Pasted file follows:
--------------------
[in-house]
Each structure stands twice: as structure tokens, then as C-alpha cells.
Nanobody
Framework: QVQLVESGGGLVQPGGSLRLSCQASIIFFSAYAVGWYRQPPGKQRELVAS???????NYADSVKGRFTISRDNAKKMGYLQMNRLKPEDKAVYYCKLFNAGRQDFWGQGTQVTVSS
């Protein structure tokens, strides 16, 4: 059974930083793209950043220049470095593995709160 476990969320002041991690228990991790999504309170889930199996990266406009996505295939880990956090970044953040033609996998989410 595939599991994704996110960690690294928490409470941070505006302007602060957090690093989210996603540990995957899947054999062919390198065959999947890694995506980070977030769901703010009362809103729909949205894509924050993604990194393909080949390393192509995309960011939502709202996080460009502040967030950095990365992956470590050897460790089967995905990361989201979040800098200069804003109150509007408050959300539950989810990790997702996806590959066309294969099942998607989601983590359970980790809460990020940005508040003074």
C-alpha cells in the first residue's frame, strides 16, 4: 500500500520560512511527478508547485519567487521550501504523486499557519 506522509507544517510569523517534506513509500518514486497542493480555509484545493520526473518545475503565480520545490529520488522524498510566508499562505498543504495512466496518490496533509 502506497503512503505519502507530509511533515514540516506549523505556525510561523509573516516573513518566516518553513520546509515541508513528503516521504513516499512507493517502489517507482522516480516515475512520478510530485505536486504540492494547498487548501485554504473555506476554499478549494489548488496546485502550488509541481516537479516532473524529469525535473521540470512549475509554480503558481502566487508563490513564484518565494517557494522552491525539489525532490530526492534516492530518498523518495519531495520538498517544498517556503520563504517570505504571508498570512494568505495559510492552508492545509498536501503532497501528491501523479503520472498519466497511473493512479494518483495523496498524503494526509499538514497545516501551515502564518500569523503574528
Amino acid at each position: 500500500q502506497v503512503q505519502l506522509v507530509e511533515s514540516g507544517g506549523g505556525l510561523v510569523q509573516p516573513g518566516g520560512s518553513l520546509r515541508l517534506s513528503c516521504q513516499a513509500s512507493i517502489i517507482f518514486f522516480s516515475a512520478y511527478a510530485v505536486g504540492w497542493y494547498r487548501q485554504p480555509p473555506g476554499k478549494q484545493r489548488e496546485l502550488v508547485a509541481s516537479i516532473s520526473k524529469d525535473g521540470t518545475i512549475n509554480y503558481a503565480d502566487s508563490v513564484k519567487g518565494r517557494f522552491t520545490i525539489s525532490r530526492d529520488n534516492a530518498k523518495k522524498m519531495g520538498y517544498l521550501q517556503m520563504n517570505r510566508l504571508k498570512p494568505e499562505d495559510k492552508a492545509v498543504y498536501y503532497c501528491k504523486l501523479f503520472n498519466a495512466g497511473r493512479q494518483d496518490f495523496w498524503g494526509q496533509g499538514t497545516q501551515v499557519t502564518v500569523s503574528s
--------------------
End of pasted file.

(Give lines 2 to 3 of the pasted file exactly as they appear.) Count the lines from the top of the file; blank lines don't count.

Each structure stands twice: as structure tokens, then as C-alpha cells.
Nanobody